These fantastical claims were sworn statements of the federal government’s official scientific expert witness on marijuana. Moreover, any attempts to make accurate scientific statements about the effects of marijuana in humans based on empirical study, such as the La Guardia Committee Report issued by the New York Academy of Medicine in 1944, were either ignored or actively suppressed by the federal government in the ensuing years.

The modern era is no less absurd. In 1970, when Congress was drafting the so-called “Comprehensive Drug Abuse Prevention and Control Act”[5] in the wake of the Supreme Court’s decision to strike down the Marihuana Tax Act the year prior, it sought input on the appropriate initial regulatory classification of cannabis from Dr. Roger O. Egeberg. From 1969-1971, Dr. Egeberg, former personal physician to General Douglas MacArthur, was Assistant Secretary of Health in the United States Department of Health and Human Services (DHHS),[6] the agency under which the Food and Drug Administration (FDA) is housed. As documented in the CSA’s legislative history, his testimony instructed Congress that:

Since there is still a considerable void in our knowledge of the plant and effects of the active drug contained in it, our recommendation is that marihuana be retained within schedule I at least until the completion of certain studies now underway to resolve the issue. If those studies make it appropriate for the Attorney General to change the placement of marihuana to a different schedule, he may do so in accordance with the authority provided under section 201 of the bill.[7]

The problem with this methodology, however, is that while the Attorney General may choose “to change the placement of marijuana to a different schedule” in accord with the results of the above-referenced “studies now underway,” and other such studies, he/she has simply chosen not to do so. In other words, “he may do so” also allows the possibility that he may not do so. This is inappropriate, unscientific, and not in line with the intent of the process duly outlined. Nevertheless, this is what has transpired.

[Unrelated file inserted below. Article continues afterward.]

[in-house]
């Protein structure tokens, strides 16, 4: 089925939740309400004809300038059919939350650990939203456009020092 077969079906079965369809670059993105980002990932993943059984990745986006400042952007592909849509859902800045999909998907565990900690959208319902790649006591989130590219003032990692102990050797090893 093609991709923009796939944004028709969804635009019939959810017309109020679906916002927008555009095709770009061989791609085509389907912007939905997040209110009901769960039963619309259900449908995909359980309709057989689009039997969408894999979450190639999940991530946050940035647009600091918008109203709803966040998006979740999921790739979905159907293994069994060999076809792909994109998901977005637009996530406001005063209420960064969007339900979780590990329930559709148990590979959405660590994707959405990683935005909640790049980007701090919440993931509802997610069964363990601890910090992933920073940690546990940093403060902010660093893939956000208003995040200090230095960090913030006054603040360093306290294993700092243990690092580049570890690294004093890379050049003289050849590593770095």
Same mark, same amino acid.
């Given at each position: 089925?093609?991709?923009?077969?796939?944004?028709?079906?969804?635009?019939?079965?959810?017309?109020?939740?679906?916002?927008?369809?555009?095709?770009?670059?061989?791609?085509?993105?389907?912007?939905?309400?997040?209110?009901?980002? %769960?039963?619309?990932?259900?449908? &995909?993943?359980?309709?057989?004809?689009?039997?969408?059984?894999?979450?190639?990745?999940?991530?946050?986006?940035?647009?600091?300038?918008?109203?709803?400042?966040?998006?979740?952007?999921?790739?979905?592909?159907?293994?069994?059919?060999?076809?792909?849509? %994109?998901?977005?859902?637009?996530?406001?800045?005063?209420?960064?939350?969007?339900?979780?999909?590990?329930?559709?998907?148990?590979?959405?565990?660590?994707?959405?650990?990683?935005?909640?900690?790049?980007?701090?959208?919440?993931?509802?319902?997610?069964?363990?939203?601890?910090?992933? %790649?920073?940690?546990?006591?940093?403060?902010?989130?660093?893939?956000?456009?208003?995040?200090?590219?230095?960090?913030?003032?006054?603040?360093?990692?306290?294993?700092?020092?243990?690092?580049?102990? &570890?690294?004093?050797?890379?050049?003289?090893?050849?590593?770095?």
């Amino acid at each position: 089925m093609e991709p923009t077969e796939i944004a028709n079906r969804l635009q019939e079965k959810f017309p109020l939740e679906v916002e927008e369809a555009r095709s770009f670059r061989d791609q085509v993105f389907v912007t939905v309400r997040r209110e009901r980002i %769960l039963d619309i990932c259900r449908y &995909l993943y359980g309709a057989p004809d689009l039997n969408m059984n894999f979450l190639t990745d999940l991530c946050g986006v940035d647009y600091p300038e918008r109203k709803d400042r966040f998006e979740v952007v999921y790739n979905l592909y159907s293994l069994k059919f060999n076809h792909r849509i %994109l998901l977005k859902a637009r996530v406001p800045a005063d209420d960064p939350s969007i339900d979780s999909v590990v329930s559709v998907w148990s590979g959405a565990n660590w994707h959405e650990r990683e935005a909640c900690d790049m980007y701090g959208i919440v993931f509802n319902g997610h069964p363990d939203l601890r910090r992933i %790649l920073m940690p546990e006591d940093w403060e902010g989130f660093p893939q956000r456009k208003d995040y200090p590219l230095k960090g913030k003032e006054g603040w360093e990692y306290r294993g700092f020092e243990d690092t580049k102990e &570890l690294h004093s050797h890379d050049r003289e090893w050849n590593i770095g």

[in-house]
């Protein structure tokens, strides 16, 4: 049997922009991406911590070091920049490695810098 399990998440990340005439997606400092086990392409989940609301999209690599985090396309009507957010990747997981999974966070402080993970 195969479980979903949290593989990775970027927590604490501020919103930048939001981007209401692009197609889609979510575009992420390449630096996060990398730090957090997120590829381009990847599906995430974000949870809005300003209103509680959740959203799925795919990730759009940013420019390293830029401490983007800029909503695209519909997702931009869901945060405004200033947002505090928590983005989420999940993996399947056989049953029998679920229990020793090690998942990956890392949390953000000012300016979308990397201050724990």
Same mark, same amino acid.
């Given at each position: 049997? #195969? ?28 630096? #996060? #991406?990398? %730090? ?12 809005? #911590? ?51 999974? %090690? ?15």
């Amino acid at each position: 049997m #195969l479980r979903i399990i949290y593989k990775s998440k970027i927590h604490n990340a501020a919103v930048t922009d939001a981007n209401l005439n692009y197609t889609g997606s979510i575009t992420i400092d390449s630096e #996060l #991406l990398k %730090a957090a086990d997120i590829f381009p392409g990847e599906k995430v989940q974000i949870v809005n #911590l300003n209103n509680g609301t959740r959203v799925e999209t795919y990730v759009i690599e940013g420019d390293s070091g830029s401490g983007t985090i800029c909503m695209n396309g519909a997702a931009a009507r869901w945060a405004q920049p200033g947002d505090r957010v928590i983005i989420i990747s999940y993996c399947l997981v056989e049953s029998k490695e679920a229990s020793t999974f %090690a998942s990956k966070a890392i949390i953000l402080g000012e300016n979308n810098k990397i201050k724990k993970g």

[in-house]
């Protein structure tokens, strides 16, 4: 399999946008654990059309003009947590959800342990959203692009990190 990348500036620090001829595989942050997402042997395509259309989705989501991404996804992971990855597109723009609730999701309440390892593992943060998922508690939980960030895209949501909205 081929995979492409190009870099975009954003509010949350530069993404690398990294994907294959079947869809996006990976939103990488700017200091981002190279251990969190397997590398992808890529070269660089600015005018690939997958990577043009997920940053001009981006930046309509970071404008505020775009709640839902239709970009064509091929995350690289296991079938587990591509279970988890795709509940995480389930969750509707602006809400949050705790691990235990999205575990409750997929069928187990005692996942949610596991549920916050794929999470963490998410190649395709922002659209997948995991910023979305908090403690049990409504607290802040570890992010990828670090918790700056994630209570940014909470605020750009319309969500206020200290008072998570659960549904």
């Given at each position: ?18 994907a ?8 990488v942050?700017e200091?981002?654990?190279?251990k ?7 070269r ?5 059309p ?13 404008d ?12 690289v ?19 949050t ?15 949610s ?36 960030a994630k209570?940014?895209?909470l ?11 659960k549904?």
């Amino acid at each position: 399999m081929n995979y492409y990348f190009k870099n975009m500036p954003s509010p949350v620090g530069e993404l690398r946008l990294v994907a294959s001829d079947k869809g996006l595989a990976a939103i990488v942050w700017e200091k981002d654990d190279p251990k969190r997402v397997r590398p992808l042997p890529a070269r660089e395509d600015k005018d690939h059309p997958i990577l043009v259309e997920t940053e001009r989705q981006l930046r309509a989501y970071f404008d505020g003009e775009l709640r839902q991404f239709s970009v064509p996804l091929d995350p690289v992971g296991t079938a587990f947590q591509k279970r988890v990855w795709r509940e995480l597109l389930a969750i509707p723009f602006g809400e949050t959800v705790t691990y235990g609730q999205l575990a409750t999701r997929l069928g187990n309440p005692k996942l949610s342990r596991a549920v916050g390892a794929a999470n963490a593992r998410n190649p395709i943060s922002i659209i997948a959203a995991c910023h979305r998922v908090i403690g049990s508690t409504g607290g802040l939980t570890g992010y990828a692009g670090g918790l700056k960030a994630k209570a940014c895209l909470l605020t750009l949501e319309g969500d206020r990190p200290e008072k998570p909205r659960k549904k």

“Certain studies now underway” referred to the comprehensive report being written at that time by the “National Commission on Marihuana and Drug Abuse” whose tasks were enumerated by Congress when the CSA was adopted on October 27th, 1970, and under whose aegis numerous scientific investigations were undertaken and prior ongoing studies incorporated. Congress clearly stated that with regards to “the appropriate location of marihuana within the schedules of the bill . . . the recommendations of this Commission will be of aid in determining the appropriate disposition of this question in the future.” Seventeen months later, on March 22nd, 1972, the Commission issued a report entitled “Marihuana: A Signal of Misunderstanding.” Six months prior, when word began to leak that the Commission would reject total prohibition and instead recommend a federal policy of “partial prohibition” in which cannabis would be publicly contraband but legally allowed by adults to be possessed, consumed, and cultivated in private or transferred between adults for small or insignificant remuneration, President Nixon became furious because he associated the drug with groups in society he despised: Jews, psychiatrists, war protestors, and communists. As documented on declassified tape recordings from the White House Oval Office on September 9th, 1971, he told his appointed Commission chair, former Pennsylvania Governor Raymond Shafer, that the Commission had better not come out with a report that was “soft on marijuana.” Strategizing for political expediency over factual review, Nixon opined: “I think there’s a need to come out with a report that is totally, uh, uh, oblivious to some obvious, uh, differences between marijuana and other drugs, other dangerous drugs. . . .”  Nixon further warned Shafer: “Keep your Commission in line.”